Purpose: To evaluate the feasibility of translating the Diabetes Prevention Program (DPP) lifestyle intervention into practice in a rural community.
Methods: In 2008, the Montana Diabetes Control Program worked collaboratively with Holy Rosary Healthcare to implement an adapted group-based DPP lifestyle intervention. Adults at high risk for diabetes and cardiovascular disease were recruited and enrolled (N = 101). Participants set targets to reduce fat intake and increase physical activity (> or = 150 mins/week) in order to achieve a 7% weight loss goal.
Findings: Eighty-three percent (n = 84) of participants completed the 16-session core program and 65 (64%) participated in 1 or more after-core sessions. Of those completing the core program, the mean participation was 14.4 +/- 1.6 and 3.9 +/- 1.6 sessions during the core and after core, respectively. Sixty-five percent of participants met the 150-min-per-week physical activity goal during the core program. Sixty-two percent achieved the 7% weight loss goal and 78% achieved at least a 5% weight loss during the core program. The average weight loss per participant was 7.5 kg (range, 0 to 19.7 kg), which was 7.5% of initial body weight. At the last recorded weight in the after core, 52% of participants had met the 7% weight loss goal and 66% had achieved at least a 5% weight loss.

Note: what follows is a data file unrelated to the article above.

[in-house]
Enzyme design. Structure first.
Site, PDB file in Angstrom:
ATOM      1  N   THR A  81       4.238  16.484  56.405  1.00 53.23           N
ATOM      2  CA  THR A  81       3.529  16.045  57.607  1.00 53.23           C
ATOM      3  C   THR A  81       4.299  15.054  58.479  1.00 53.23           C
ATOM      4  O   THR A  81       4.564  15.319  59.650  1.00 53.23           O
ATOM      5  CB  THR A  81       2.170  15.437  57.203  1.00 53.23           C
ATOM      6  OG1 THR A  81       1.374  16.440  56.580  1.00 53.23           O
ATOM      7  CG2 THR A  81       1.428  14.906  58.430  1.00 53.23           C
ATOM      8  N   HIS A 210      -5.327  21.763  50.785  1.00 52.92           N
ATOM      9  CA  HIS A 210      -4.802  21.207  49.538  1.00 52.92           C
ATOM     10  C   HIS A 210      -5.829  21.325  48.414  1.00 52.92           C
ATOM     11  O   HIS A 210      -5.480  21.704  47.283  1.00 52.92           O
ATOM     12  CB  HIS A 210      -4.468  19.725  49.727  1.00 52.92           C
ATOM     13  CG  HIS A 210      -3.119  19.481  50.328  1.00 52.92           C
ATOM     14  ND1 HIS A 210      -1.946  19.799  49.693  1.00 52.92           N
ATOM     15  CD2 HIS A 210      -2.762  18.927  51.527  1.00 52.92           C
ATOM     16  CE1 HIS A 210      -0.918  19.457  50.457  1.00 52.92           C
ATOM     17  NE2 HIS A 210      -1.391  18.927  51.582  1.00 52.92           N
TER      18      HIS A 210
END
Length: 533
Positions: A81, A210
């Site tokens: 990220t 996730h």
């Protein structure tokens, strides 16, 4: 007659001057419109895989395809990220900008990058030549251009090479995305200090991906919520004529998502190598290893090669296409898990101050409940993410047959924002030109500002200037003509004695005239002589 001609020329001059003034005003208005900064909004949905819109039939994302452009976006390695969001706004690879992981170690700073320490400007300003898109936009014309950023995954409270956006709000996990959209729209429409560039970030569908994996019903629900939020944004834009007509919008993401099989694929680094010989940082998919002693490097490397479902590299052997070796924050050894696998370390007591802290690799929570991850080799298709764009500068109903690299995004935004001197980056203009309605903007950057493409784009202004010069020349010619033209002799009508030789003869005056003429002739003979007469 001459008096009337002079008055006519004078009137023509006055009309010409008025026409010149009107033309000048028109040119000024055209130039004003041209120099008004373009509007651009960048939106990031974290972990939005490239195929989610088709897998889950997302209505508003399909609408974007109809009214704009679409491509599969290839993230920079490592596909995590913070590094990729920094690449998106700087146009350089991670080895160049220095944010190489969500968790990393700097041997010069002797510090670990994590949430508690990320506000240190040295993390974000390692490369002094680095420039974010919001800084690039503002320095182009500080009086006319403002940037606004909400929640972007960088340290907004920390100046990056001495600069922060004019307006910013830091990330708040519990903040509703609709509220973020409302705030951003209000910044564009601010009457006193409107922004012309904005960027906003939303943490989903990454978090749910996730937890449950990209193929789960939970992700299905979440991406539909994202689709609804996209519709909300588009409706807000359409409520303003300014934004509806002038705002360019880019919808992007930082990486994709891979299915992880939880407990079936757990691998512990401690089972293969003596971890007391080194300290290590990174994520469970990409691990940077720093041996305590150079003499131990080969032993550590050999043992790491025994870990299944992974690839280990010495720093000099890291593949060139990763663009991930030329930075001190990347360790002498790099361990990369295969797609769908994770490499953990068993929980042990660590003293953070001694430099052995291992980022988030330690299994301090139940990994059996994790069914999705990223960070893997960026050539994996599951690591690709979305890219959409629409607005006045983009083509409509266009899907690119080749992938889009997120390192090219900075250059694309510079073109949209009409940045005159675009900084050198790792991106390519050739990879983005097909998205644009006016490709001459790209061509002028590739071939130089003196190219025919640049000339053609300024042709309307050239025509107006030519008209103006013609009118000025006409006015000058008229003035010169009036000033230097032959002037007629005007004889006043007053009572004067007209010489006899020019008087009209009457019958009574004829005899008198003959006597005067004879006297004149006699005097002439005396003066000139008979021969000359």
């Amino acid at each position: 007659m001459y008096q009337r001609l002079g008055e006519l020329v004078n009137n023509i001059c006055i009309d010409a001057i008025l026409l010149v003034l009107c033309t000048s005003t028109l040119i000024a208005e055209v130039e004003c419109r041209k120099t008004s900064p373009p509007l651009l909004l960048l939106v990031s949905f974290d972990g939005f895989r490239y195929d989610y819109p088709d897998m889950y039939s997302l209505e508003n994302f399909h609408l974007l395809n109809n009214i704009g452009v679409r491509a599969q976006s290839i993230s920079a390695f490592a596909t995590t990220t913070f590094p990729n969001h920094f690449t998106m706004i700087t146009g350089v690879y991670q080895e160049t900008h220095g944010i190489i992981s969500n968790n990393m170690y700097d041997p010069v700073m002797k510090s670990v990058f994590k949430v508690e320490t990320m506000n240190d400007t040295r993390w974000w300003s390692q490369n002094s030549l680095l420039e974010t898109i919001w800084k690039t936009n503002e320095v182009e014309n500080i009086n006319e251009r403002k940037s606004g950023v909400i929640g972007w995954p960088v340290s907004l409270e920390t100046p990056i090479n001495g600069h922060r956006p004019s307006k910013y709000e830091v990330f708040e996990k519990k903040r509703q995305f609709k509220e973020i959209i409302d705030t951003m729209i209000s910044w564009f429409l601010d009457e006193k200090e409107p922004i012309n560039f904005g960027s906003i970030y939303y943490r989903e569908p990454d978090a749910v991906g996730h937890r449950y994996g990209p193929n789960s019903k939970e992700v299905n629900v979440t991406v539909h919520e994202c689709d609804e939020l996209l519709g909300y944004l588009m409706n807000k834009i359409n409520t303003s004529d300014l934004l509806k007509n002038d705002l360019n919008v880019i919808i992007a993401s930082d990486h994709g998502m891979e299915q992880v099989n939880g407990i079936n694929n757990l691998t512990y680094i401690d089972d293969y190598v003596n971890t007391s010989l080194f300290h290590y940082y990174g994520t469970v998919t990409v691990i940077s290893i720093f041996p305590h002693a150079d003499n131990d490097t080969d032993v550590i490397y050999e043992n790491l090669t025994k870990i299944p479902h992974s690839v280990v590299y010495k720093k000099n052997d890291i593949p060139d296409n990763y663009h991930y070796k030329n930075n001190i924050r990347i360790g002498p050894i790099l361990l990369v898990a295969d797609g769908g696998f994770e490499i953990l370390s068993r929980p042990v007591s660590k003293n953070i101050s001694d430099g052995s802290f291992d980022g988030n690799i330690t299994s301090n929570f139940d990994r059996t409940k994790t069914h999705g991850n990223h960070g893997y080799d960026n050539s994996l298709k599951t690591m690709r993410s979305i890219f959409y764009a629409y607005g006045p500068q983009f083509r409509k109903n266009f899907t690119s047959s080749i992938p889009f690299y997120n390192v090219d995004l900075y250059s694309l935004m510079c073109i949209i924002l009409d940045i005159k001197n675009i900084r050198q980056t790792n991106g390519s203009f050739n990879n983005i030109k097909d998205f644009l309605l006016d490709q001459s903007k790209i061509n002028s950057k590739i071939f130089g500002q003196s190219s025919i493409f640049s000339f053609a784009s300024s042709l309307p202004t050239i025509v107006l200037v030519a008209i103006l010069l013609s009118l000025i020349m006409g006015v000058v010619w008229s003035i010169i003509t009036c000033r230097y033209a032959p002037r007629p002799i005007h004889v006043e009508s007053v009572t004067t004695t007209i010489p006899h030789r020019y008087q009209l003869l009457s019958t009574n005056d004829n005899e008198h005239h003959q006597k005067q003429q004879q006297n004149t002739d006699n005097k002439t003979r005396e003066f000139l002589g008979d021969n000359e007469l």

Conclusion: Our findings suggest that it is feasible to implement a group-based DPP in a rural community and achieve weight loss and physical goals that are comparable to those achieved in the DPP.